Property and Casualty insurance, also referred to as P&C insurance, covers damage to, and liability associated with, a home, auto, boat, plane, or motorcycle. Personal policies generally don’t cover business exposures so you’ll need separate policies for your personal household and business. In this book our focus is on personal household insurance. The second book of the Pillars of Wealth series, Finance and Business Essentials for Medical Practices, addresses business policies.
Property insurance protects against damage or loss to property such as a home, vehicle, or business. Coverage usually extends to instances of theft, collision, fire, and some weather damage. Protection against floods and earthquakes must often be purchased separately.
Casualty or liability insurance covers an individual in cases where negligence or an act of omission causes injury to another person or another person’s property. For example, automobile insurance provides liability coverage in the event a driver is deemed to have been responsible for an accident. Coverage may extend to the medical expenses of victims, repair of their property, as well as their lost wages and potentially any other loss or damage they can establish.
Standard homeowner and automobile policies may limit liability coverage to an amount in the range of $200,000 to $300,000, but a serious accident can lead to much higher liability. The upshot is that you may be personally liable for any excess above the covered limit.
I strongly recommend you extend liability coverage through the use of a Personal Umbrella or Personal Catastrophe Liability (PCL) insurance policy. These policies tend to be relatively affordable. Consider purchasing at least $2 million of such coverage. Consult with your insurance specialist in order to determine the coverage level that is appropriate for your circumstances.
Given the litigious nature of American society, you should avoid publicly discussing your liability limits, as this could affect the likelihood that someone will sue you, and the size of any lawsuit.
As noted earlier, the deductible is the dollar amount that must be paid by you, the insured, before the insurer begins to pay benefit(s). Deductibles are used by insurers to reduce their risk exposure but also to reduce the logistical nightmare of processing millions of small claims. It’s not economically sensible for an insurer to process vast numbers of such claims because the cost of processing may be higher than the size of a typical small claim. For example, it may cost the insurer $100 to process a $50 claim. Accepting such claims in large numbers would force insurers to charge much higher premiums. Thus, it’s logical for both the insurer and the insured to accept a deductible paid by the insured out of pocket.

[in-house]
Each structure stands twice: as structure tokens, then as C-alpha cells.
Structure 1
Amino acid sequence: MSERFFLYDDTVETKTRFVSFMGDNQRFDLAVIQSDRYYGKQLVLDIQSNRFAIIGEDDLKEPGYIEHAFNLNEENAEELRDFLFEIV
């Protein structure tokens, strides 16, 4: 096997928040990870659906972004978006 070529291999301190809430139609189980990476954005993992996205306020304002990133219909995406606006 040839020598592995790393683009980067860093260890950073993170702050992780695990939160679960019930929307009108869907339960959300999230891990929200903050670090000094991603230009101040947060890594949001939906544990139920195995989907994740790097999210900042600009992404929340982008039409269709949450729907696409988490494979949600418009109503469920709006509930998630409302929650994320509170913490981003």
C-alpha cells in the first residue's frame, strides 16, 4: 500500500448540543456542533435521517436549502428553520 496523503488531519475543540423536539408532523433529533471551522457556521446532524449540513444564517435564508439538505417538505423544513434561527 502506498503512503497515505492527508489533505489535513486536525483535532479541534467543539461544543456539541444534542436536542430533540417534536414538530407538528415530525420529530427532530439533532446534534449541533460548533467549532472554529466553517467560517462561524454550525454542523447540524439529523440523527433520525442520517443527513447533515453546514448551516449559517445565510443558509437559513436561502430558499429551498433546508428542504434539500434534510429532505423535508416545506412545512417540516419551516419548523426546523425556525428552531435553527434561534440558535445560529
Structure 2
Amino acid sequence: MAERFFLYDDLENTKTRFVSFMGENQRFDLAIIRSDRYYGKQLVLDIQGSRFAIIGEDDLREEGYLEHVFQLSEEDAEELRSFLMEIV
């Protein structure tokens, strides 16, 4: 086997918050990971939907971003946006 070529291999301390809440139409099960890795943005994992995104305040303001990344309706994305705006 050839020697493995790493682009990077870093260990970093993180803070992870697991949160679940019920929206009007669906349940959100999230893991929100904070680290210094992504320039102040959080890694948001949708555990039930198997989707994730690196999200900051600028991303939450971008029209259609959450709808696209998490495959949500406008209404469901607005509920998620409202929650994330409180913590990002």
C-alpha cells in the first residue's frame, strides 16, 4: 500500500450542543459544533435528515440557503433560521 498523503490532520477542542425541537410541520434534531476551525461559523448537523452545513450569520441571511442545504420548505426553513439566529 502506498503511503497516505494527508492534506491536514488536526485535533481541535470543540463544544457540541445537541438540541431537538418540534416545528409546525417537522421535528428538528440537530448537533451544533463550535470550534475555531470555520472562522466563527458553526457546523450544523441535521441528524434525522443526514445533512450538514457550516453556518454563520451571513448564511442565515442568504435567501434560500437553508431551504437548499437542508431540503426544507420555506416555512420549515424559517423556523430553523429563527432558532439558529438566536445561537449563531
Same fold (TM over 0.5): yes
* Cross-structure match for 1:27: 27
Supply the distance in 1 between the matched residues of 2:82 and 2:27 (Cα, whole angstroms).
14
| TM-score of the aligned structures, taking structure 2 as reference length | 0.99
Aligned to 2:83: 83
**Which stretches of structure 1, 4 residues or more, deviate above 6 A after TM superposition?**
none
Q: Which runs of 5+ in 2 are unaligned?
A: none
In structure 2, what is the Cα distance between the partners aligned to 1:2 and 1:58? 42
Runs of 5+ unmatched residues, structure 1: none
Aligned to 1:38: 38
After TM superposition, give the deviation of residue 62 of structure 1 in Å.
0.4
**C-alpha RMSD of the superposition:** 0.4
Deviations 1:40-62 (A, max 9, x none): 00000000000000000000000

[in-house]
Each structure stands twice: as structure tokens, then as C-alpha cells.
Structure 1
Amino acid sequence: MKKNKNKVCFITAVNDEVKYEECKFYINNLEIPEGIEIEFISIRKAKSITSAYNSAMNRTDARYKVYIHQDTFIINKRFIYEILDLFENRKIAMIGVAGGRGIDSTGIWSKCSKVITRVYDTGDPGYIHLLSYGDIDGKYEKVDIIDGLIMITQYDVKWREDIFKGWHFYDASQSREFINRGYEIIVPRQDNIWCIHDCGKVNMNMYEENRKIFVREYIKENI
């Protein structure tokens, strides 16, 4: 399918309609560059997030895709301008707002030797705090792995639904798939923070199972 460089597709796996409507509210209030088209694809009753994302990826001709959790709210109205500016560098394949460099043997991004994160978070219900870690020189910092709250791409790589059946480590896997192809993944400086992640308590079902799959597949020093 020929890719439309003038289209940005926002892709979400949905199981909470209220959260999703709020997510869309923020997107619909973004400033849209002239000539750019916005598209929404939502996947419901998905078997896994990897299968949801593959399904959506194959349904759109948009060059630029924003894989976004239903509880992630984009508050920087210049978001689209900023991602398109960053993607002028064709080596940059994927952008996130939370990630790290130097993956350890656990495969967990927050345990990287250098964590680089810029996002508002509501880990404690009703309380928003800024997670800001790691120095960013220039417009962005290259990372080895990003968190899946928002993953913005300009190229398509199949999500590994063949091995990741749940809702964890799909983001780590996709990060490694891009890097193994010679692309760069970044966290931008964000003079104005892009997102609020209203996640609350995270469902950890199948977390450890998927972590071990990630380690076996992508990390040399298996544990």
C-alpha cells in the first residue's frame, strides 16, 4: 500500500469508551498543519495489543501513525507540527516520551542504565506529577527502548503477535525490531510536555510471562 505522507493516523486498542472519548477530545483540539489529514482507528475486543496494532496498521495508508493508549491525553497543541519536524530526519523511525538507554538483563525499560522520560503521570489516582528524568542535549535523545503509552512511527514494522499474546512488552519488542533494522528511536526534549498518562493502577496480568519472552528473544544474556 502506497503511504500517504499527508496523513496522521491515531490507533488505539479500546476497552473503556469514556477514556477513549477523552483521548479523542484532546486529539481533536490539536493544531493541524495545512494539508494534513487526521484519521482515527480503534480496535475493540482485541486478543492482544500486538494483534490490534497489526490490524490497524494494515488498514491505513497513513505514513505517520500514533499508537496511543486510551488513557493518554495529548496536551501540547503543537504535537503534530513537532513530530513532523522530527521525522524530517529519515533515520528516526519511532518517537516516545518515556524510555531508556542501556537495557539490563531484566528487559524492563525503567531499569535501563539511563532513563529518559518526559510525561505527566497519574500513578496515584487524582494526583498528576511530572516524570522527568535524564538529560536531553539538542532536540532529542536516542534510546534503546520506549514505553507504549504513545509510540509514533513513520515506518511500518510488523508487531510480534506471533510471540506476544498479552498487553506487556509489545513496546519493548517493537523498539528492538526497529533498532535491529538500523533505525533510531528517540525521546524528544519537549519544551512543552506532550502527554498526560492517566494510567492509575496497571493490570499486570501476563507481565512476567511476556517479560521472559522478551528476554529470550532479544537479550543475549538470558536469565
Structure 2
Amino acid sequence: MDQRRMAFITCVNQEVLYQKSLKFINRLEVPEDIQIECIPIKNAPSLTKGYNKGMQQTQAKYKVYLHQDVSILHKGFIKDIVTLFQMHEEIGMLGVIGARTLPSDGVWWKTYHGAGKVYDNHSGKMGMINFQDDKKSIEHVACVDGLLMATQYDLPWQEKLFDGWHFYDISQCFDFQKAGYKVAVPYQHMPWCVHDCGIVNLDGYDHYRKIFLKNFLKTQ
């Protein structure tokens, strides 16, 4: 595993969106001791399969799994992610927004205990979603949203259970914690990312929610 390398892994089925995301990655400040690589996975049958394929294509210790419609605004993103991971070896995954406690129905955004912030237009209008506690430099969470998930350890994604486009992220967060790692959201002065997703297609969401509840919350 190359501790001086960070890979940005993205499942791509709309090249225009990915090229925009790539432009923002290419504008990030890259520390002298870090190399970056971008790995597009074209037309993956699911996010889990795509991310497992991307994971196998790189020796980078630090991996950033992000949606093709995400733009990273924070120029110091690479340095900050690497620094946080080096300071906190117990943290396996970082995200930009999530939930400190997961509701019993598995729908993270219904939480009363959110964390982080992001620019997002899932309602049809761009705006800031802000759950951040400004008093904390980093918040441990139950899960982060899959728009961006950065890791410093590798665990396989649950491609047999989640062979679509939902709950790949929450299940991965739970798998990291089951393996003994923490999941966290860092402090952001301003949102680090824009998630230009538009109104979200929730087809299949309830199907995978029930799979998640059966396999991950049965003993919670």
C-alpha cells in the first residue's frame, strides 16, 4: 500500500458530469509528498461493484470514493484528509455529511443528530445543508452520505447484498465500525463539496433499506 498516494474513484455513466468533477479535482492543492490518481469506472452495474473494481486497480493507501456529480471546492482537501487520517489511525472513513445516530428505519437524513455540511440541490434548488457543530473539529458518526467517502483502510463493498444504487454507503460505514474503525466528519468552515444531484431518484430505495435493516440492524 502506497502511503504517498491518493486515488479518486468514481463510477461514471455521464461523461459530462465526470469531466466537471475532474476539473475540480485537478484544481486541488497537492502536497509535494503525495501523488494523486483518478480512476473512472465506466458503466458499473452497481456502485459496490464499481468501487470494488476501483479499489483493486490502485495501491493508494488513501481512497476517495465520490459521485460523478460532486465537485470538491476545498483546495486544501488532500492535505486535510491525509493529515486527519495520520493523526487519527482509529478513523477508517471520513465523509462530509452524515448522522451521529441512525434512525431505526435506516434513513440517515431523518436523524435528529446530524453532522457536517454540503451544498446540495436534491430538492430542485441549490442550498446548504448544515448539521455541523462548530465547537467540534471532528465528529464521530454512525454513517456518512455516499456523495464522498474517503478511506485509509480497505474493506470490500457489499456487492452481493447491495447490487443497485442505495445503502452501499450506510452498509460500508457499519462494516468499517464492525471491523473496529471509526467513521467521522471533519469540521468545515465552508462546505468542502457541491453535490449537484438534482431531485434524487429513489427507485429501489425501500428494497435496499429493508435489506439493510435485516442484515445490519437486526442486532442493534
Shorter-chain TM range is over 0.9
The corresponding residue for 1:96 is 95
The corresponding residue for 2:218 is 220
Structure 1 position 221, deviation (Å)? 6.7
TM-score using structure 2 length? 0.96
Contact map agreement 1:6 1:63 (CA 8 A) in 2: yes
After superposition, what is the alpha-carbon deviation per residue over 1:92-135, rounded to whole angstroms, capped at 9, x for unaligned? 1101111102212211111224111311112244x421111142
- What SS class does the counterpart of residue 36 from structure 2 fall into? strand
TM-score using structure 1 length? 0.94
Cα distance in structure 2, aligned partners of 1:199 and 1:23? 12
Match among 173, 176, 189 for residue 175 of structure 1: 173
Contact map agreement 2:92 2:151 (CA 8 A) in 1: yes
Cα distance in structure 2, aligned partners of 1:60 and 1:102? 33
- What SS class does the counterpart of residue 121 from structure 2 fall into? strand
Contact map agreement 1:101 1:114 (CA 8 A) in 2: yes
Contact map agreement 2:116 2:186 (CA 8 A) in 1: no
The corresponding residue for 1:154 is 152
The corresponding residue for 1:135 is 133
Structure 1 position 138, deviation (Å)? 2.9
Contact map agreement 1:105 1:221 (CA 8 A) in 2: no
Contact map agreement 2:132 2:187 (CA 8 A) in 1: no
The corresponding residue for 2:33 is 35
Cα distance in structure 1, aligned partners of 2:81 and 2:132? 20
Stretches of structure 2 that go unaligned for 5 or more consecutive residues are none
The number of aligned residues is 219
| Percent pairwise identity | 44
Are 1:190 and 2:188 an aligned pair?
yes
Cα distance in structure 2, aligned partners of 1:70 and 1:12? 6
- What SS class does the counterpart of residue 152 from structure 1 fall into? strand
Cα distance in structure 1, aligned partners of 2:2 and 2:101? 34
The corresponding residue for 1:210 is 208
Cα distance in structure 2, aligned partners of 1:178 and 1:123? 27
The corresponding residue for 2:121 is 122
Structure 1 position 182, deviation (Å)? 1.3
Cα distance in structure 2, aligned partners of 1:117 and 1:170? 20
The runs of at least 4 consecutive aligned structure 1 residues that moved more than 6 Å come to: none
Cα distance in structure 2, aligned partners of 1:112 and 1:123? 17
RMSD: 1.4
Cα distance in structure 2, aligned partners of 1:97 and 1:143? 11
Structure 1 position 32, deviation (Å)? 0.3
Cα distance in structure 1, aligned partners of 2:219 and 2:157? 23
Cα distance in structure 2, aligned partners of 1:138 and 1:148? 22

In addition, a deductible thwarts moral hazard, in which an insured may file false claims. This is because the fraudster still has to pay something out of pocket, which makes false claims less appealing (but doesn’t thwart them altogether).
The deductible also addresses morale hazard, where the insured takes a nonchalant, uncaring attitude about losses, because he has no skin in the game. Imposing a deductible makes the insured care about avoiding those first losses.
A P&C deductible is different than a healthcare deductible. The latter are based on an aggregate of expenses over a calendar-year, while auto-insurance deductibles apply to each separate loss event, such as a fender bender.
As a reminder, consider selecting higher deductibles to lower annual premiums. This can be a cost-effective approach when you have sufficient cash on hand to cover the cost of minor mishaps.
In the event you have to file a claim on your homeowners or renters insurance it’s useful to have documentation of the contents of your home. Such records help to establish the value of your belongings in the event of a claim. Special items such as valuable jewelry or musical equipment can be added explicitly to your homeowner policy. Get in the habit of periodically taking video or photographs of furniture and other belongings. Retain original receipts to the more valuable items to support claims.
Basis of Claims Settlement
The basis of claims settlement is an important consideration in your property insurance policies. There are two standards: actual cash value and replacement cost. Actual cash value indicates the insurer will compensate you for the actual market value of an item of property at the time that it is damaged or lost. Replacement cost means your compensation will match the item’s original price. Clearly, the latter is more favorable as it helps to restore you to the position you were in prior to the loss. For example, let’s say you recently had an accident that totally destroyed a car you purchased five years ago for $35,000. Just prior to the accident the value of your used vehicle was $19,000. Under actual cash value the insurer would compensate you for the value of that vehicle at the time of the accident, which is only $19,000. Under replacement cost you would expect the insurer to provide you with compensation of $35,000.
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